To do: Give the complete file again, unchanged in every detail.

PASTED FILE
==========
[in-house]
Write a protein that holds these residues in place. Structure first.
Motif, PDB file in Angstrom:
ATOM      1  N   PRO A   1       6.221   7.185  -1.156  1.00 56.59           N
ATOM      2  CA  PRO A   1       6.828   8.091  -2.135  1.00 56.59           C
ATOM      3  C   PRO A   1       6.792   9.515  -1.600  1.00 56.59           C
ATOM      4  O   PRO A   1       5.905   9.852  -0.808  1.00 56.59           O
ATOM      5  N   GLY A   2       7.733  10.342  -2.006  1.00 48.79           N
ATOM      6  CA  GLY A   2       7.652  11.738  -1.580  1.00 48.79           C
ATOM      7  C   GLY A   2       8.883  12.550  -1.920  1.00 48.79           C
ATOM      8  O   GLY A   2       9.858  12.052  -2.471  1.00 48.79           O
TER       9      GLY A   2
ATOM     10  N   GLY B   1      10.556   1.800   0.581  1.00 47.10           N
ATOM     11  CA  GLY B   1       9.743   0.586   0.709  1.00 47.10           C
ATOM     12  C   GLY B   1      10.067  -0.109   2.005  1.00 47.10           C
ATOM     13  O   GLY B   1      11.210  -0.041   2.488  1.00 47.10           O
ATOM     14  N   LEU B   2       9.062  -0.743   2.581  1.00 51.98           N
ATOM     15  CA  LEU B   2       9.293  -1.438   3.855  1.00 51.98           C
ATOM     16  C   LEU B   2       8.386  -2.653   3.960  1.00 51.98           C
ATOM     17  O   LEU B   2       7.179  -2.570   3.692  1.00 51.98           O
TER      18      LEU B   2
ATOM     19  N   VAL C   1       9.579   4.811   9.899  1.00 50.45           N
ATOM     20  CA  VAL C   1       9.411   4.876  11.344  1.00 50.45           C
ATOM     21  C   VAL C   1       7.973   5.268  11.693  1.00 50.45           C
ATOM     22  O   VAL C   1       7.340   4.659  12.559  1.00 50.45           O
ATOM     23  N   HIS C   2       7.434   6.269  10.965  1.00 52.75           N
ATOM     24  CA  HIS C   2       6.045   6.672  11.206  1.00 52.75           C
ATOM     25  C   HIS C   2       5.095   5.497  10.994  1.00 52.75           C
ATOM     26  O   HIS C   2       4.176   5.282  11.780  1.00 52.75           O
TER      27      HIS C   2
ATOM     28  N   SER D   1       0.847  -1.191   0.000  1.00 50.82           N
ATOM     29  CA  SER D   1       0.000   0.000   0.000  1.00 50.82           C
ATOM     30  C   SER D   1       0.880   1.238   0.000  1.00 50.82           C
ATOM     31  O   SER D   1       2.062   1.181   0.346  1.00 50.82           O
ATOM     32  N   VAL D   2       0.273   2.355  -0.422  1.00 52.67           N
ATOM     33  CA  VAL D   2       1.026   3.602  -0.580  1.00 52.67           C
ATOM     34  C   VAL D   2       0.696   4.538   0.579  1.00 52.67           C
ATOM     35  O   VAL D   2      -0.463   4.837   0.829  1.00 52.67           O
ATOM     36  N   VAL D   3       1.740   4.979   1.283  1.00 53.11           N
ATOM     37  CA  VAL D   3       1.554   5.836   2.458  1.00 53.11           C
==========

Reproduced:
[in-house]
Write a protein that holds these residues in place. Structure first.
Motif, PDB file in Angstrom:
ATOM      1  N   PRO A   1       6.221   7.185  -1.156  1.00 56.59           N
ATOM      2  CA  PRO A   1       6.828   8.091  -2.135  1.00 56.59           C
ATOM      3  C   PRO A   1       6.792   9.515  -1.600  1.00 56.59           C
ATOM      4  O   PRO A   1       5.905   9.852  -0.808  1.00 56.59           O
ATOM      5  N   GLY A   2       7.733  10.342  -2.006  1.00 48.79           N
ATOM      6  CA  GLY A   2       7.652  11.738  -1.580  1.00 48.79           C
ATOM      7  C   GLY A   2       8.883  12.550  -1.920  1.00 48.79           C
ATOM      8  O   GLY A   2       9.858  12.052  -2.471  1.00 48.79           O
TER       9      GLY A   2
ATOM     10  N   GLY B   1      10.556   1.800   0.581  1.00 47.10           N
ATOM     11  CA  GLY B   1       9.743   0.586   0.709  1.00 47.10           C
ATOM     12  C   GLY B   1      10.067  -0.109   2.005  1.00 47.10           C
ATOM     13  O   GLY B   1      11.210  -0.041   2.488  1.00 47.10           O
ATOM     14  N   LEU B   2       9.062  -0.743   2.581  1.00 51.98           N
ATOM     15  CA  LEU B   2       9.293  -1.438   3.855  1.00 51.98           C
ATOM     16  C   LEU B   2       8.386  -2.653   3.960  1.00 51.98           C
ATOM     17  O   LEU B   2       7.179  -2.570   3.692  1.00 51.98           O
TER      18      LEU B   2
ATOM     19  N   VAL C   1       9.579   4.811   9.899  1.00 50.45           N
ATOM     20  CA  VAL C   1       9.411   4.876  11.344  1.00 50.45           C
ATOM     21  C   VAL C   1       7.973   5.268  11.693  1.00 50.45           C
ATOM     22  O   VAL C   1       7.340   4.659  12.559  1.00 50.45           O
ATOM     23  N   HIS C   2       7.434   6.269  10.965  1.00 52.75           N
ATOM     24  CA  HIS C   2       6.045   6.672  11.206  1.00 52.75           C
ATOM     25  C   HIS C   2       5.095   5.497  10.994  1.00 52.75           C
ATOM     26  O   HIS C   2       4.176   5.282  11.780  1.00 52.75           O
TER      27      HIS C   2
ATOM     28  N   SER D   1       0.847  -1.191   0.000  1.00 50.82           N
ATOM     29  CA  SER D   1       0.000   0.000   0.000  1.00 50.82           C
ATOM     30  C   SER D   1       0.880   1.238   0.000  1.00 50.82           C
ATOM     31  O   SER D   1       2.062   1.181   0.346  1.00 50.82           O
ATOM     32  N   VAL D   2       0.273   2.355  -0.422  1.00 52.67           N
ATOM     33  CA  VAL D   2       1.026   3.602  -0.580  1.00 52.67           C
ATOM     34  C   VAL D   2       0.696   4.538   0.579  1.00 52.67           C
ATOM     35  O   VAL D   2      -0.463   4.837   0.829  1.00 52.67           O
ATOM     36  N   VAL D   3       1.740   4.979   1.283  1.00 53.11           N
ATOM     37  CA  VAL D   3       1.554   5.836   2.458  1.00 53.11           C